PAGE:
COP-26 ep5: Nepal

Welcome to the fifth of the blogs on climate change in this mini-series that follows in the wake of the COP-26 international summit. In each episode we have heard from one of our CRED partners as they reflect on how claimate change is impacting their country and their work. In this episode we hear from Bishnu, who heads up PSD Nepal.

Nepal is a landlocked country with an 24% of its area covered by forest. Nepal forest contains of 485 million metric tons of carbon in living forest biomass. Though the forest area is increasing in recent years between 1990 and 2010 Nepal lost an average of 59,050 forest lands which is 1.23% yearly. Nepal ranks in 12th in worlds worst air quality in 2020. In early 2021, a thick layer of smog enveloped Kathmandu valley. The visibility in the valley went down dramatically and the Air Quality Index shown by the US embassy in the capital was over 300 which meant “Hazardous”.

While the pandemic has already been affecting everyone’s mental state the climate condition and global warming has been a new thing most of the youth are concerned about. Various awareness campaigns on social media, posts regarding sustainability and minimalism has been widely shared in Nepalese youth.. Youth are involved with various organizations that support climate action and overall Sustainable Development Goals (SDGs).  As a youth myself, one of the major thing I am concerned about is environmental pollution. Nepal is highly vulnerable to climate change and has already experienced changes in temperature and precipitation at a faster rate than the global average. Due to its geography, Nepal is exposed to a range of climate risks and water-related hazards triggered by rapid snow- and ice-melt in the mountains and torrential rainfall episodes in the foothills during the monsoon season. Millions of Nepalese are estimated to be at risk from the impacts of climate change including reductions in agricultural production, food insecurity, strained water resources, loss of forests and biodiversity, as well as damaged infrastructure. In Nepal, about half of greenhouse gas emissions come from the agriculture sector, followed by energy, land-use change and forestry, industrial processes, and waste.

PSD Nepal has been taken various actions for environment. It is the only organization that has been working on plastic recycling in Langtang National Park and recently it has planned a pilot project for up-cycling the plastic in Kathmandu and Langtang. A lot of youth are engaged with PSD’s project as its directly related to climate action. As a youth, I highly believe people should be aware about the reuse, recycle and up cycle of plastic as its one of the major product that is degrading our environment. Even when 5 years back when government had banned the single time use plastic bags but the adoption of the very rules didn’t lasted much and one time plastic is still use in the country. The only place where plastic is ban is the Everest region.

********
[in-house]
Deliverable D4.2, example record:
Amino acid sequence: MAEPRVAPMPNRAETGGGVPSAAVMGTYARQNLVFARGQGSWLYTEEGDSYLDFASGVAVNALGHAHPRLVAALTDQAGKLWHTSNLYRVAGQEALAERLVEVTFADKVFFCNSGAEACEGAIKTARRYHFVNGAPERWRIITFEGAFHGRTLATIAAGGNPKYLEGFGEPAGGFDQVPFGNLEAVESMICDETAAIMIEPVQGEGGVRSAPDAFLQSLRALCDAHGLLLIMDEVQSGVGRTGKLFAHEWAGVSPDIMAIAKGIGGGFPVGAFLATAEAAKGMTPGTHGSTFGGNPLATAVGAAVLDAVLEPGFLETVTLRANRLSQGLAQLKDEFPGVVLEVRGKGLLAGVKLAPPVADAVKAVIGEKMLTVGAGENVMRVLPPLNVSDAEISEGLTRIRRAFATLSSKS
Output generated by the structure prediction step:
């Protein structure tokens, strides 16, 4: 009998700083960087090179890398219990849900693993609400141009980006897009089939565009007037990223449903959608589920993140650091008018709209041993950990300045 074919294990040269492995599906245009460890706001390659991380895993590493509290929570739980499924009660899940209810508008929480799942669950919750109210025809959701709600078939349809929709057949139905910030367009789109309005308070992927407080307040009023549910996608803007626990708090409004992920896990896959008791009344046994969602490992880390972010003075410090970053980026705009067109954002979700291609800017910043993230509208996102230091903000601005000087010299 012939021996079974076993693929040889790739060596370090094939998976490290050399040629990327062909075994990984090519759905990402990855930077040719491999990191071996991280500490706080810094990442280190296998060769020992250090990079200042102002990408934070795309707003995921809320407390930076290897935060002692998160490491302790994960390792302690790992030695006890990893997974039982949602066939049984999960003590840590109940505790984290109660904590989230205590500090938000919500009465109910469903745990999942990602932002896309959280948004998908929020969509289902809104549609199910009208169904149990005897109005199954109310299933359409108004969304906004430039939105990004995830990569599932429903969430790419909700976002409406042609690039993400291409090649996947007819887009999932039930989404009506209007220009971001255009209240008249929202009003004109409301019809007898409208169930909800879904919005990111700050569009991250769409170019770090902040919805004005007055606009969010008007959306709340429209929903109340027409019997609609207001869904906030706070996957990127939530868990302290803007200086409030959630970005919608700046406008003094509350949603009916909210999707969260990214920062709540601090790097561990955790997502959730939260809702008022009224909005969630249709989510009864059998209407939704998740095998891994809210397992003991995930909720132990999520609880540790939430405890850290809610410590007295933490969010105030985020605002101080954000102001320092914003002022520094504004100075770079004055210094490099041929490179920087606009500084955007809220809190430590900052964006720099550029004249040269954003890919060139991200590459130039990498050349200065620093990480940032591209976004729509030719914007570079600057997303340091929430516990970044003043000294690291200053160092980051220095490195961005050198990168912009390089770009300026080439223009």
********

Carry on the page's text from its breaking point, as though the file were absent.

One of the good thing that is happening in Nepal in regards the pollution is awareness about the electric vehicle and increase of adoption of electrical vehicle. Government of Nepal invested in Sajha Yatayat to procure and operate electric buses. Decarbonizing public transport is one of the most effective ways to reduce air pollution, particularly diesel fumes, which contain large amounts of black carbon, a short-lived climate pollutant that is carcinogenic to humans. Since public buses are on the streets for over 12 hours per day, and they operate on diesel, converting them to electric will be a major game changer in the fight against air pollution. Cleaner buses will also invite more people to take the bus, which is also a great social equalizer.

When having conversation with peers regarding the air pollution, its impact and how we can combat it?, I got interesting insights which is mentioned below:

Working with organizations like PSD, Yuwa, AIESEC, youth can work on climate action directly and be aware about it hence impact the society. I think environment pollution is something that should be everyone’s concern and we all should work on it.- Pasang Magar, 20, Southwestern College

Often I hear people say, its difficult for individual to work for climate action, but what I believe is, even individual step towards climate change and global warming and help. I personally go planting every Saturday all by myself and check out the plants I planted. I think it is somehow making a small impact for our environment.- Saira Khadka, 21, Kathford College

I think awareness is lacking in our society, people are unaware about composting, recycling, thrifting etc. If people adapted these things, it can help minimize air, water and environment pollution significantly. – Priya Shah, 23 KUSOM.

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